She’s also grateful for the support of the hockey community during her treatment and wait for a transplant. Not only did the sport keep the family grounded through an uncertain time, but players all over the Maritimes rallied their teammates to join the stem cell registry in Gail’s honour.

Icon of two swabs

Did you know...

a patient is more likely to find a stem cell match in a donor of the same race or similar ethnicity? That’s why we encourage people of all backgrounds to join Canadian Blood Services Stem Cell Registry. Currently, people who are Black, Indigenous, Asian, Hispanic or mixed-race make up only about a third of registrants.

Registration is easy! If you are between the ages of 17 and 35 and in good health, start the process online.

In fact, Gail’s story inspired 2,000 young people to sign up. At any time, any one of them could be matched to another patient in need of a stem cell transplant. And after her own transplant, Gail is hoping to inspire more. Along with the hockey community, the family is encouraging everyone between the ages of 17 and 35 to join the stem cell registry as part of the #BeAHero campaign.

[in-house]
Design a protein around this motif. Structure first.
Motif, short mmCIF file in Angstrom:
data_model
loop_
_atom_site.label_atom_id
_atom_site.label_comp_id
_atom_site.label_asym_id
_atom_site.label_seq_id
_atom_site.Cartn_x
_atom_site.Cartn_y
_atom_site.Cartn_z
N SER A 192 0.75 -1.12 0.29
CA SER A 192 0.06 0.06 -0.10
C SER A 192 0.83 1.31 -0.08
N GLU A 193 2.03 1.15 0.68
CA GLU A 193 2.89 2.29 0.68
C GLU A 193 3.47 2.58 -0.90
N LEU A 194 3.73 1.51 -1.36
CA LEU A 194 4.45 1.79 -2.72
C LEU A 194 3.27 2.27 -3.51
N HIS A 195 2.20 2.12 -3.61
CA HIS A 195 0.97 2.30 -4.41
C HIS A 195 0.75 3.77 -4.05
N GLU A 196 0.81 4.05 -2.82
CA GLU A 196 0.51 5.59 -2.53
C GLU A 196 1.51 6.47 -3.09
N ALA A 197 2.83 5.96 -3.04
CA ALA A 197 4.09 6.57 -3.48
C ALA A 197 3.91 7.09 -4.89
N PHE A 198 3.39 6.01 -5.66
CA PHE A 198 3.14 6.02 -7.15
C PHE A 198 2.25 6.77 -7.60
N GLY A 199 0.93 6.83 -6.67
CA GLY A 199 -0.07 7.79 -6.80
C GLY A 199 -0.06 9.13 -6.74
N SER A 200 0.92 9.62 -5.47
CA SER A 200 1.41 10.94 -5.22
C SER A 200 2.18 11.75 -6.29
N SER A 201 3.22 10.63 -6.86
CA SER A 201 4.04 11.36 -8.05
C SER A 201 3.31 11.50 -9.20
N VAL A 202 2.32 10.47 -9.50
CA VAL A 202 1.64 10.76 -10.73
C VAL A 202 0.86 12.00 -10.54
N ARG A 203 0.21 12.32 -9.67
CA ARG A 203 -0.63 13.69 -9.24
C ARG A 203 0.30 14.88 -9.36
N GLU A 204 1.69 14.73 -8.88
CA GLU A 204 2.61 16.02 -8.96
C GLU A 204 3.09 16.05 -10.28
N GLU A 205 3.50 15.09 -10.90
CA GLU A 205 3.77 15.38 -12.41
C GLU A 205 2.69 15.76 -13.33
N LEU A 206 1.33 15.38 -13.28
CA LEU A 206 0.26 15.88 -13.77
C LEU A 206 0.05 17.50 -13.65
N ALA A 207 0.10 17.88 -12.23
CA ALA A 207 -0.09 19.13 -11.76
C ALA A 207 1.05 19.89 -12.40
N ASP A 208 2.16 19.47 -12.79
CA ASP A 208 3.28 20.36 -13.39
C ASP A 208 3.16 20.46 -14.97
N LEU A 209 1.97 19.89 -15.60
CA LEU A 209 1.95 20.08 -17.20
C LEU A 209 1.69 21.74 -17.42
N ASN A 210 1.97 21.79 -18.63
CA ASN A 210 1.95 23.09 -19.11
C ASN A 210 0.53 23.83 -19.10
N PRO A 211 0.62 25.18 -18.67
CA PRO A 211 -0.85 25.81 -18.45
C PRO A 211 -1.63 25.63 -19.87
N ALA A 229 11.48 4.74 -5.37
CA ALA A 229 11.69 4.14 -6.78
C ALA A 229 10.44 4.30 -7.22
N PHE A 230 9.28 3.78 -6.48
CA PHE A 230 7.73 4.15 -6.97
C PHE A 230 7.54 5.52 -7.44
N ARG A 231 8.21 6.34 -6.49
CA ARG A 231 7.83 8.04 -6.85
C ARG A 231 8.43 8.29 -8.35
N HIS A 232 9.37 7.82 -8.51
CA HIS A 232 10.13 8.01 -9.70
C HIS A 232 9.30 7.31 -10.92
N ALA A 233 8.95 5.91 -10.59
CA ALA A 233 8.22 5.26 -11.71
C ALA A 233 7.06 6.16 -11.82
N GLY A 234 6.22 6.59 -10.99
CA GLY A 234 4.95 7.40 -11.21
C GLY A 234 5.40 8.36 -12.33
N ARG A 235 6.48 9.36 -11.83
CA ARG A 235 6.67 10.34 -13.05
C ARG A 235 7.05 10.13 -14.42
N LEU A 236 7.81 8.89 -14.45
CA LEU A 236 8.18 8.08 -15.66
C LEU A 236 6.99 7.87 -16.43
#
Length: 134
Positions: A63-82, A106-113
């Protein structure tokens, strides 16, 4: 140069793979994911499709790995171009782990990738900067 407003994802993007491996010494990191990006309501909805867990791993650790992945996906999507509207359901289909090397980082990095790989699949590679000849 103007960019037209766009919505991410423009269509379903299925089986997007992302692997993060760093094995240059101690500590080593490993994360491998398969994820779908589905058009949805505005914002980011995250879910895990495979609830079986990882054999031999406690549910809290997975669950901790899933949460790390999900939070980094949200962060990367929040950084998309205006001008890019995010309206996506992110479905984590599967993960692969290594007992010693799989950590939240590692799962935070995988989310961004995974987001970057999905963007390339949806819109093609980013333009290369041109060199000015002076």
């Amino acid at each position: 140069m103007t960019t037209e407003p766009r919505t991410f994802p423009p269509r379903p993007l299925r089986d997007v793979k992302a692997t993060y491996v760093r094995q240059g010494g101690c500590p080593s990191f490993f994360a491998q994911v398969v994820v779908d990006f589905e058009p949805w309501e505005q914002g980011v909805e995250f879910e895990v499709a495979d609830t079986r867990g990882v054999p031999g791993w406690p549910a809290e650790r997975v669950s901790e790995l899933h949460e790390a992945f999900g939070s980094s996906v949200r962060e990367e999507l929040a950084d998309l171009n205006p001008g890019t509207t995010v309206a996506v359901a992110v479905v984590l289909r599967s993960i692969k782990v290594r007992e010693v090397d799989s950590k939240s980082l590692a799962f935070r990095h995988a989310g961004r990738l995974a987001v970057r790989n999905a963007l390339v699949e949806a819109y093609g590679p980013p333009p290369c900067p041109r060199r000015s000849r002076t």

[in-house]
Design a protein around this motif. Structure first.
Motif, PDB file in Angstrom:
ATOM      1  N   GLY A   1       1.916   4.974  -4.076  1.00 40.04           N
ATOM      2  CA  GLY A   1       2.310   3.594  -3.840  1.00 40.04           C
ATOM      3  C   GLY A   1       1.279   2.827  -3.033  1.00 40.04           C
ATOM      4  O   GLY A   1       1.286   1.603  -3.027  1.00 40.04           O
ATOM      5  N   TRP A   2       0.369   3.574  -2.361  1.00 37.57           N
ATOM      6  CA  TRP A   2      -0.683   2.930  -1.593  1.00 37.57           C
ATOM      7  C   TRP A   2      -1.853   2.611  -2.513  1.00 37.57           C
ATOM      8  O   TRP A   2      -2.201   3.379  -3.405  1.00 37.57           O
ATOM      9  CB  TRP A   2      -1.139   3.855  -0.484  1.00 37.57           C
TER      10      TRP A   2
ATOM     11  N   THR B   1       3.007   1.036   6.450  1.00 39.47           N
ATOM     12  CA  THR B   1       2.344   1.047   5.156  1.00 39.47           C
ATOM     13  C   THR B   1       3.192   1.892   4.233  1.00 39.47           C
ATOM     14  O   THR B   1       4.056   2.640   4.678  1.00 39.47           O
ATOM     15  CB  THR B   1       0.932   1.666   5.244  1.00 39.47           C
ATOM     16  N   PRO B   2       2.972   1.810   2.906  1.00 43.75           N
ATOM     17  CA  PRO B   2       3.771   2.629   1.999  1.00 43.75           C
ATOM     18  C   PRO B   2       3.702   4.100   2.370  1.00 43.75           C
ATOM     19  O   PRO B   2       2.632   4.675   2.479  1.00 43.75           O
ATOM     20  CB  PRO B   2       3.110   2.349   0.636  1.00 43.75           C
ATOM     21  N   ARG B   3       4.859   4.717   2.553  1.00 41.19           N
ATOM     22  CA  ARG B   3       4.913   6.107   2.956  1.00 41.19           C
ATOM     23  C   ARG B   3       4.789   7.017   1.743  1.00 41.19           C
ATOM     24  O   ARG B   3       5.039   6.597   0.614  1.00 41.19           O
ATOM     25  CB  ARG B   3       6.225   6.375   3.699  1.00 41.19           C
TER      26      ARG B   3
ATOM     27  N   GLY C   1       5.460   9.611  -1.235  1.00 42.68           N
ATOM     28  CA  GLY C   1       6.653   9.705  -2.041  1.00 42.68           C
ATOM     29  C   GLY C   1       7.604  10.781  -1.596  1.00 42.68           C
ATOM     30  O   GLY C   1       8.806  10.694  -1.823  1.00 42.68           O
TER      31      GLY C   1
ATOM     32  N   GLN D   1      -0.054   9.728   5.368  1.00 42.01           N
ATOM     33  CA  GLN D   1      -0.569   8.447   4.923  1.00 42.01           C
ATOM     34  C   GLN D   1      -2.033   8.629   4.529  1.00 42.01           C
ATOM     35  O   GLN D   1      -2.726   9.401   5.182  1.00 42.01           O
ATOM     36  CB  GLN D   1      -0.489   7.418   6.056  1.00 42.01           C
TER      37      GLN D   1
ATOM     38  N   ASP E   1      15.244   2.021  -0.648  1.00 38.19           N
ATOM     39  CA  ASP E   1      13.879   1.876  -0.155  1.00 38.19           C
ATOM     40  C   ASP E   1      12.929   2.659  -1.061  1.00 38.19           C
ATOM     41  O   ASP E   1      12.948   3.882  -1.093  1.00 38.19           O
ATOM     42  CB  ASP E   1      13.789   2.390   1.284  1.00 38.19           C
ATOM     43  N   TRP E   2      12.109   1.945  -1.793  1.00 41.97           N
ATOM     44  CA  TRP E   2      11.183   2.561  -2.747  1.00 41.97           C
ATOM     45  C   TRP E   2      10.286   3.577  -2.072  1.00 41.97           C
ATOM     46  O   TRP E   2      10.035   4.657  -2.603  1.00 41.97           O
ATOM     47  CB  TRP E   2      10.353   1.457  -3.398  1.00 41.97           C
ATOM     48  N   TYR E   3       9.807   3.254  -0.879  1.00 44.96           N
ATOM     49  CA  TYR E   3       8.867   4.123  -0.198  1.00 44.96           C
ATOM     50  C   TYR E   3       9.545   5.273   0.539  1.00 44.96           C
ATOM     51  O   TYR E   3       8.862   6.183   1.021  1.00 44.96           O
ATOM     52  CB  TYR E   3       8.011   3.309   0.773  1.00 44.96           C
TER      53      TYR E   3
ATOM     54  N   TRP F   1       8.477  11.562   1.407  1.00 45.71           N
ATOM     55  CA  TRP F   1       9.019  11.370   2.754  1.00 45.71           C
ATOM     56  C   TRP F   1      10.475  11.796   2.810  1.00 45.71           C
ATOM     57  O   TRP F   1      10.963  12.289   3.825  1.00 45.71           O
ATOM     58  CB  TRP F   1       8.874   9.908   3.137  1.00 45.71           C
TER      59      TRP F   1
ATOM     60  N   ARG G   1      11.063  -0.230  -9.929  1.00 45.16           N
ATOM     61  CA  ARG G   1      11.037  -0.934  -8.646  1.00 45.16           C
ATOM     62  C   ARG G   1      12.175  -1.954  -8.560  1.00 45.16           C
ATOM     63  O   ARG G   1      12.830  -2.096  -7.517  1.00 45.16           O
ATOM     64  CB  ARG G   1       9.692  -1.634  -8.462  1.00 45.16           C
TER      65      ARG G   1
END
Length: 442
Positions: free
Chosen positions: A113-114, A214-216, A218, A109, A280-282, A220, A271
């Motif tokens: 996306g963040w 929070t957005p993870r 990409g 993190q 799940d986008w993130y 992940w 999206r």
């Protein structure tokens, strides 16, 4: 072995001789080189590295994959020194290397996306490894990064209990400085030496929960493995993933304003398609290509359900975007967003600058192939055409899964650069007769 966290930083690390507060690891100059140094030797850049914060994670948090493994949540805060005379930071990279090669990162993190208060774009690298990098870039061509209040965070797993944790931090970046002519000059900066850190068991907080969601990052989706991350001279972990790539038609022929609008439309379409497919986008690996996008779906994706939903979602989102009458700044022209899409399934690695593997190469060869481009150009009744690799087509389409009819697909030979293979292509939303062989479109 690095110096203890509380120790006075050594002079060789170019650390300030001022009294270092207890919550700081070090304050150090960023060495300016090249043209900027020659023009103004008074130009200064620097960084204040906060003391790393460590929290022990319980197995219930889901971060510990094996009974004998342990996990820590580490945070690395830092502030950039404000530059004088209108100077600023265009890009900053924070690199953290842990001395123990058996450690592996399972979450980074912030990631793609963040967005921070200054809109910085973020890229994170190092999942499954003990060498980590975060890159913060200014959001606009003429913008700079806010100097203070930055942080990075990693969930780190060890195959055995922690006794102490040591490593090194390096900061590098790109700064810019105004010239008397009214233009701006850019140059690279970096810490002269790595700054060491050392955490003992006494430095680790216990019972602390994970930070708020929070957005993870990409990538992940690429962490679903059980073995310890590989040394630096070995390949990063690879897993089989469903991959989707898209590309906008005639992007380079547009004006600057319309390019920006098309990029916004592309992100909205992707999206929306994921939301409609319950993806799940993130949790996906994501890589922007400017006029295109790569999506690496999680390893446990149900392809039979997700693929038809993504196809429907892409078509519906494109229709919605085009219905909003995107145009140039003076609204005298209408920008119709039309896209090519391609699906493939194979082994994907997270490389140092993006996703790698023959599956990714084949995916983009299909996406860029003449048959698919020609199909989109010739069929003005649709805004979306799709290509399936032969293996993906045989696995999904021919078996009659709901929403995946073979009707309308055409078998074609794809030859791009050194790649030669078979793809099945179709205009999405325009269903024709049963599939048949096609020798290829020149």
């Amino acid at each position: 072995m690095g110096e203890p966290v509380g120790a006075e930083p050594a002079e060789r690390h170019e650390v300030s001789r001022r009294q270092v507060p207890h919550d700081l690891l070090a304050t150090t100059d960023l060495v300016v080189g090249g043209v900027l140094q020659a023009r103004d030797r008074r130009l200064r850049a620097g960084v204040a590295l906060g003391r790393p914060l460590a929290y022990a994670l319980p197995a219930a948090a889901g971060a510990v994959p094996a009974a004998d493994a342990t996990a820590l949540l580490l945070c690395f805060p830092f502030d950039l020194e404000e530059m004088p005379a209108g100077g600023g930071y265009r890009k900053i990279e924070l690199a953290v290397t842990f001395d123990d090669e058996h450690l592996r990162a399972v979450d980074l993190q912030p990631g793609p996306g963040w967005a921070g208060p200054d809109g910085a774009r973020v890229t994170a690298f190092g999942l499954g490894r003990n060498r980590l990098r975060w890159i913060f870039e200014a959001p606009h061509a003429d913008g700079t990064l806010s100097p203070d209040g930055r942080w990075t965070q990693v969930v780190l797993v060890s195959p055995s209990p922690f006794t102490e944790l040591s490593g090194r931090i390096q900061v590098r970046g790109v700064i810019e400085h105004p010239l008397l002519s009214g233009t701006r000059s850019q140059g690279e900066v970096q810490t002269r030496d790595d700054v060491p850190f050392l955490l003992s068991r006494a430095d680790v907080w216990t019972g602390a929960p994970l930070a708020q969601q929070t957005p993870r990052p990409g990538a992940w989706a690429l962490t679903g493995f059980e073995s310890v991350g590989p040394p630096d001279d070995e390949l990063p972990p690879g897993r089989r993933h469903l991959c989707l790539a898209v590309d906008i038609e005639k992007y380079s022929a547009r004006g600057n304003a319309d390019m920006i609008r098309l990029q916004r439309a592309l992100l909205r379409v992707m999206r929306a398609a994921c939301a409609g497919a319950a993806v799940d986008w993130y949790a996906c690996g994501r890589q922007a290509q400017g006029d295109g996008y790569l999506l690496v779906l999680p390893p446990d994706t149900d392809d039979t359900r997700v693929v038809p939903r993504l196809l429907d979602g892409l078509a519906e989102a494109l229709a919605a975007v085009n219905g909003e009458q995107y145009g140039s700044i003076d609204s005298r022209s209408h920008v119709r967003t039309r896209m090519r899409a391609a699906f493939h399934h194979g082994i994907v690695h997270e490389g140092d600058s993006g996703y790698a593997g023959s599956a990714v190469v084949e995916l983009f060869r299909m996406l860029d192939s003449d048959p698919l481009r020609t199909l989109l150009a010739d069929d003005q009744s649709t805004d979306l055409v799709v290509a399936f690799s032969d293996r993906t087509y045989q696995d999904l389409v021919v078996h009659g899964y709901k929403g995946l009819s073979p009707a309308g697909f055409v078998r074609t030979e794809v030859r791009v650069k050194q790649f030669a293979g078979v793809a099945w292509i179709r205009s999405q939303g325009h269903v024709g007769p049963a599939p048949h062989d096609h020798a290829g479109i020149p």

#BeAHero is an annual initiative by Canadian Blood Services and Hockey Gives Blood, one of our national Partners for Life groups. The initiative has a particular focus on recruiting young people to the stem cell registry, as studies show there can be fewer post-transplant complications with stem cells from younger donors.

This year, Hockey Gives Blood player ambassadors including Connor Bedard, Ethan Del Mastro and Logan Stankoven, along with teams across Canada, are inviting people between the ages of 17 and 35 to register online to be a potential stem cell donor. Registrants receive a buccal swab kit by mail, which they use to collect a sample of cells easily and painlessly from the inside of the mouth (cheek). The sample will be analyzed for DNA markers used to match donors to patients. Returning the completed kit by mail could be the first step in saving a life.


Join the stem cell registry

From grassroots teams to national sports leaders, everyone can #BeAHero

It was Gail’s husband Dave who first encouraged teams in the Maritimes to join the stem cell registry during Gail’s illness. He started a campaign called Join Gail’s Fight with help from a close family friend, Canadian Blood Services and Hockey Gives Blood. For Hockey Gives Blood, it was a natural extension of their efforts to help grow the registry through #BeAHero.